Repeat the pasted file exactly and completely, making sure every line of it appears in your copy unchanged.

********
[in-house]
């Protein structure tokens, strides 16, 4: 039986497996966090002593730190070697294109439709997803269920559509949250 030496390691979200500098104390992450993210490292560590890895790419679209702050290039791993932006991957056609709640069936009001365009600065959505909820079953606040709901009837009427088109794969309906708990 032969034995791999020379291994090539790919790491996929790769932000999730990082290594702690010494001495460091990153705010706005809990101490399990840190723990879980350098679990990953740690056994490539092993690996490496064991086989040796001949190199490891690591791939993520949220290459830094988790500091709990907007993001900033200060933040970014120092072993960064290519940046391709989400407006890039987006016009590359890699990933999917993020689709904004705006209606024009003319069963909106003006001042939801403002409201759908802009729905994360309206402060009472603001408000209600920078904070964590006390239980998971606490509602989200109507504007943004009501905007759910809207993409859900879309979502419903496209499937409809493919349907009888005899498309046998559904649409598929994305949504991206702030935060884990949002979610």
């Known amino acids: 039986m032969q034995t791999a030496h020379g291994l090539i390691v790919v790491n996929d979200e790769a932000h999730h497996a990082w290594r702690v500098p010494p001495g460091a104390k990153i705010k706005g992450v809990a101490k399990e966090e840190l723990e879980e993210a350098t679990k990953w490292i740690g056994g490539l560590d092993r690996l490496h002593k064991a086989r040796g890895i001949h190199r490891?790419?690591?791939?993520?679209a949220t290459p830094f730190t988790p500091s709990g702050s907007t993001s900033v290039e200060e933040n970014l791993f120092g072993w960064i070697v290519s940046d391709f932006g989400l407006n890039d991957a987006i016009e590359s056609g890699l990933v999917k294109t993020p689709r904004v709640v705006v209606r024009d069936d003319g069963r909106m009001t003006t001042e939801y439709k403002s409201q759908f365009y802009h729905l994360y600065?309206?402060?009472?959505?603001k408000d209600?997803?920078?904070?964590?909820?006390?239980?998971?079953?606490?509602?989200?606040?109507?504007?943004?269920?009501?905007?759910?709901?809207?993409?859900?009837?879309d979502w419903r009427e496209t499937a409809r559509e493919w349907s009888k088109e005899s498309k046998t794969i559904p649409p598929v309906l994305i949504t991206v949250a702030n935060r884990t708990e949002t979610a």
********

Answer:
[in-house]
């Protein structure tokens, strides 16, 4: 039986497996966090002593730190070697294109439709997803269920559509949250 030496390691979200500098104390992450993210490292560590890895790419679209702050290039791993932006991957056609709640069936009001365009600065959505909820079953606040709901009837009427088109794969309906708990 032969034995791999020379291994090539790919790491996929790769932000999730990082290594702690010494001495460091990153705010706005809990101490399990840190723990879980350098679990990953740690056994490539092993690996490496064991086989040796001949190199490891690591791939993520949220290459830094988790500091709990907007993001900033200060933040970014120092072993960064290519940046391709989400407006890039987006016009590359890699990933999917993020689709904004705006209606024009003319069963909106003006001042939801403002409201759908802009729905994360309206402060009472603001408000209600920078904070964590006390239980998971606490509602989200109507504007943004009501905007759910809207993409859900879309979502419903496209499937409809493919349907009888005899498309046998559904649409598929994305949504991206702030935060884990949002979610």
């Known amino acids: 039986m032969q034995t791999a030496h020379g291994l090539i390691v790919v790491n996929d979200e790769a932000h999730h497996a990082w290594r702690v500098p010494p001495g460091a104390k990153i705010k706005g992450v809990a101490k399990e966090e840190l723990e879980e993210a350098t679990k990953w490292i740690g056994g490539l560590d092993r690996l490496h002593k064991a086989r040796g890895i001949h190199r490891?790419?690591?791939?993520?679209a949220t290459p830094f730190t988790p500091s709990g702050s907007t993001s900033v290039e200060e933040n970014l791993f120092g072993w960064i070697v290519s940046d391709f932006g989400l407006n890039d991957a987006i016009e590359s056609g890699l990933v999917k294109t993020p689709r904004v709640v705006v209606r024009d069936d003319g069963r909106m009001t003006t001042e939801y439709k403002s409201q759908f365009y802009h729905l994360y600065?309206?402060?009472?959505?603001k408000d209600?997803?920078?904070?964590?909820?006390?239980?998971?079953?606490?509602?989200?606040?109507?504007?943004?269920?009501?905007?759910?709901?809207?993409?859900?009837?879309d979502w419903r009427e496209t499937a409809r559509e493919w349907s009888k088109e005899s498309k046998t794969i559904p649409p598929v309906l994305i949504t991206v949250a702030n935060r884990t708990e949002t979610a």